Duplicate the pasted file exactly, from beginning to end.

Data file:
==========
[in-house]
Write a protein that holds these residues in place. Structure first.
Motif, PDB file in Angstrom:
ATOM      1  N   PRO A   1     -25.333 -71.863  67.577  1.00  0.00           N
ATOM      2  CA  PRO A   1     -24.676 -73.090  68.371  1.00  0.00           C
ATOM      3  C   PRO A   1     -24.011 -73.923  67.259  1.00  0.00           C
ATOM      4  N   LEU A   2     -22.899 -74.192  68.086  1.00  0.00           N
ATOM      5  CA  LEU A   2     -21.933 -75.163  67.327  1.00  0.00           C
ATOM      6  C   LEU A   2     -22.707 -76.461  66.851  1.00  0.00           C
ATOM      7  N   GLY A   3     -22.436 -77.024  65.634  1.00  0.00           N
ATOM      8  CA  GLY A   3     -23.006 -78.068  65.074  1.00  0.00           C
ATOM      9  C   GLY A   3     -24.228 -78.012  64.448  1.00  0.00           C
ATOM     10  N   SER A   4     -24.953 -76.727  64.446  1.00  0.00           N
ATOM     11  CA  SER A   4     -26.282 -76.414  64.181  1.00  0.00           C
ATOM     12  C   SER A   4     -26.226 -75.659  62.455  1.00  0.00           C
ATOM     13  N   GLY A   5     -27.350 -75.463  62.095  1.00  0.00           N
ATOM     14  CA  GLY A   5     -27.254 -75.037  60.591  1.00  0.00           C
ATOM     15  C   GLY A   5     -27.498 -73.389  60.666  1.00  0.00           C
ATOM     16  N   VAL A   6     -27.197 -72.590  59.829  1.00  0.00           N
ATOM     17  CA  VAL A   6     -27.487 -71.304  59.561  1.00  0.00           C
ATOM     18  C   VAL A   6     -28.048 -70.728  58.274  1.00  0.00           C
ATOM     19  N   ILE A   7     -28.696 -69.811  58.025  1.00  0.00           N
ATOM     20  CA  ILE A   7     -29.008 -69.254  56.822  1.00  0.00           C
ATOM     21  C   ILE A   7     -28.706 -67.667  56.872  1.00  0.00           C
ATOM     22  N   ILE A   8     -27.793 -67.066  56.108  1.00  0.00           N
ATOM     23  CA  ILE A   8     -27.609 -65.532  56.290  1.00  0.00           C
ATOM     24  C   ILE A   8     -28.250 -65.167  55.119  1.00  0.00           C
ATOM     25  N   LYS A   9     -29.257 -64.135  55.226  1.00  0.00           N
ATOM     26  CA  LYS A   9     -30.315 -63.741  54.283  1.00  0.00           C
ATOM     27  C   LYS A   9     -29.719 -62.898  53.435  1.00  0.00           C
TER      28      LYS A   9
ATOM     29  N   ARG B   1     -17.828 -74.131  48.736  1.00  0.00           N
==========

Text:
[in-house]
Write a protein that holds these residues in place. Structure first.
Motif, PDB file in Angstrom:
ATOM      1  N   PRO A   1     -25.333 -71.863  67.577  1.00  0.00           N
ATOM      2  CA  PRO A   1     -24.676 -73.090  68.371  1.00  0.00           C
ATOM      3  C   PRO A   1     -24.011 -73.923  67.259  1.00  0.00           C
ATOM      4  N   LEU A   2     -22.899 -74.192  68.086  1.00  0.00           N
ATOM      5  CA  LEU A   2     -21.933 -75.163  67.327  1.00  0.00           C
ATOM      6  C   LEU A   2     -22.707 -76.461  66.851  1.00  0.00           C
ATOM      7  N   GLY A   3     -22.436 -77.024  65.634  1.00  0.00           N
ATOM      8  CA  GLY A   3     -23.006 -78.068  65.074  1.00  0.00           C
ATOM      9  C   GLY A   3     -24.228 -78.012  64.448  1.00  0.00           C
ATOM     10  N   SER A   4     -24.953 -76.727  64.446  1.00  0.00           N
ATOM     11  CA  SER A   4     -26.282 -76.414  64.181  1.00  0.00           C
ATOM     12  C   SER A   4     -26.226 -75.659  62.455  1.00  0.00           C
ATOM     13  N   GLY A   5     -27.350 -75.463  62.095  1.00  0.00           N
ATOM     14  CA  GLY A   5     -27.254 -75.037  60.591  1.00  0.00           C
ATOM     15  C   GLY A   5     -27.498 -73.389  60.666  1.00  0.00           C
ATOM     16  N   VAL A   6     -27.197 -72.590  59.829  1.00  0.00           N
ATOM     17  CA  VAL A   6     -27.487 -71.304  59.561  1.00  0.00           C
ATOM     18  C   VAL A   6     -28.048 -70.728  58.274  1.00  0.00           C
ATOM     19  N   ILE A   7     -28.696 -69.811  58.025  1.00  0.00           N
ATOM     20  CA  ILE A   7     -29.008 -69.254  56.822  1.00  0.00           C
ATOM     21  C   ILE A   7     -28.706 -67.667  56.872  1.00  0.00           C
ATOM     22  N   ILE A   8     -27.793 -67.066  56.108  1.00  0.00           N
ATOM     23  CA  ILE A   8     -27.609 -65.532  56.290  1.00  0.00           C
ATOM     24  C   ILE A   8     -28.250 -65.167  55.119  1.00  0.00           C
ATOM     25  N   LYS A   9     -29.257 -64.135  55.226  1.00  0.00           N
ATOM     26  CA  LYS A   9     -30.315 -63.741  54.283  1.00  0.00           C
ATOM     27  C   LYS A   9     -29.719 -62.898  53.435  1.00  0.00           C
TER      28      LYS A   9
ATOM     29  N   ARG B   1     -17.828 -74.131  48.736  1.00  0.00           N